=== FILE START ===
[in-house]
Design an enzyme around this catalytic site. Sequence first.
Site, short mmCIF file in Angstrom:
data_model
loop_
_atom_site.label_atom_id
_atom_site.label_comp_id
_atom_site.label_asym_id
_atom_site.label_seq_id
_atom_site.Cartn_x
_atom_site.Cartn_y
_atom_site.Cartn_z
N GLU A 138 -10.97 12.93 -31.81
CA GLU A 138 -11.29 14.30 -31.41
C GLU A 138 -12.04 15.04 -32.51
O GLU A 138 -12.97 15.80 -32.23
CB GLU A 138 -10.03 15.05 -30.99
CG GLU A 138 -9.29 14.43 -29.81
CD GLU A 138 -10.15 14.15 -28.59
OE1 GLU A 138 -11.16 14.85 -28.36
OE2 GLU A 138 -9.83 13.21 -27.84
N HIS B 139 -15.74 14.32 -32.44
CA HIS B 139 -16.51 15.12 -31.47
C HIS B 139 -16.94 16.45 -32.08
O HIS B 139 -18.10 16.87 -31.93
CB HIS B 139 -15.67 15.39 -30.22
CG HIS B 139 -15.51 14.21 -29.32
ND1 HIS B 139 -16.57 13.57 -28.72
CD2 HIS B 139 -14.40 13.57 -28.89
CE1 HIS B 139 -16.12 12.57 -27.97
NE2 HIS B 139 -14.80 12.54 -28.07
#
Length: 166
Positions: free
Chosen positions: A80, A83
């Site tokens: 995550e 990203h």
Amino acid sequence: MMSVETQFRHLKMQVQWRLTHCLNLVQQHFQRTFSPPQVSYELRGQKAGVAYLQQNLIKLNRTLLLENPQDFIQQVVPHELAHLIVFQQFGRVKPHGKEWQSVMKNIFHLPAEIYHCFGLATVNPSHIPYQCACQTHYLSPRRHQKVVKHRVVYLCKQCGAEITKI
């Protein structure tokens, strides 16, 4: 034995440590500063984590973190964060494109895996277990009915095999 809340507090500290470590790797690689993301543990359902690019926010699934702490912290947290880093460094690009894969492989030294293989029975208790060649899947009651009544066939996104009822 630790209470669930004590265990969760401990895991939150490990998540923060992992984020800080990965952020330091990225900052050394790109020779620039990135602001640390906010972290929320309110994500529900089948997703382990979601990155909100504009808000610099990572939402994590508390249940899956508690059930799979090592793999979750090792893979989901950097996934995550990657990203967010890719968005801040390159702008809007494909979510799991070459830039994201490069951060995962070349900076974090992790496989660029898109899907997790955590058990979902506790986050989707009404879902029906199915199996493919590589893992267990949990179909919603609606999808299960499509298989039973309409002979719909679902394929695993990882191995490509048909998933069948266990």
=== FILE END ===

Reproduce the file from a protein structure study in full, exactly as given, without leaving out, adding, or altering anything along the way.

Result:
[in-house]
Design an enzyme around this catalytic site. Sequence first.
Site, short mmCIF file in Angstrom:
data_model
loop_
_atom_site.label_atom_id
_atom_site.label_comp_id
_atom_site.label_asym_id
_atom_site.label_seq_id
_atom_site.Cartn_x
_atom_site.Cartn_y
_atom_site.Cartn_z
N GLU A 138 -10.97 12.93 -31.81
CA GLU A 138 -11.29 14.30 -31.41
C GLU A 138 -12.04 15.04 -32.51
O GLU A 138 -12.97 15.80 -32.23
CB GLU A 138 -10.03 15.05 -30.99
CG GLU A 138 -9.29 14.43 -29.81
CD GLU A 138 -10.15 14.15 -28.59
OE1 GLU A 138 -11.16 14.85 -28.36
OE2 GLU A 138 -9.83 13.21 -27.84
N HIS B 139 -15.74 14.32 -32.44
CA HIS B 139 -16.51 15.12 -31.47
C HIS B 139 -16.94 16.45 -32.08
O HIS B 139 -18.10 16.87 -31.93
CB HIS B 139 -15.67 15.39 -30.22
CG HIS B 139 -15.51 14.21 -29.32
ND1 HIS B 139 -16.57 13.57 -28.72
CD2 HIS B 139 -14.40 13.57 -28.89
CE1 HIS B 139 -16.12 12.57 -27.97
NE2 HIS B 139 -14.80 12.54 -28.07
#
Length: 166
Positions: free
Chosen positions: A80, A83
């Site tokens: 995550e 990203h």
Amino acid sequence: MMSVETQFRHLKMQVQWRLTHCLNLVQQHFQRTFSPPQVSYELRGQKAGVAYLQQNLIKLNRTLLLENPQDFIQQVVPHELAHLIVFQQFGRVKPHGKEWQSVMKNIFHLPAEIYHCFGLATVNPSHIPYQCACQTHYLSPRRHQKVVKHRVVYLCKQCGAEITKI
């Protein structure tokens, strides 16, 4: 034995440590500063984590973190964060494109895996277990009915095999 809340507090500290470590790797690689993301543990359902690019926010699934702490912290947290880093460094690009894969492989030294293989029975208790060649899947009651009544066939996104009822 630790209470669930004590265990969760401990895991939150490990998540923060992992984020800080990965952020330091990225900052050394790109020779620039990135602001640390906010972290929320309110994500529900089948997703382990979601990155909100504009808000610099990572939402994590508390249940899956508690059930799979090592793999979750090792893979989901950097996934995550990657990203967010890719968005801040390159702008809007494909979510799991070459830039994201490069951060995962070349900076974090992790496989660029898109899907997790955590058990979902506790986050989707009404879902029906199915199996493919590589893992267990949990179909919603609606999808299960499509298989039973309409002979719909679902394929695993990882191995490509048909998933069948266990």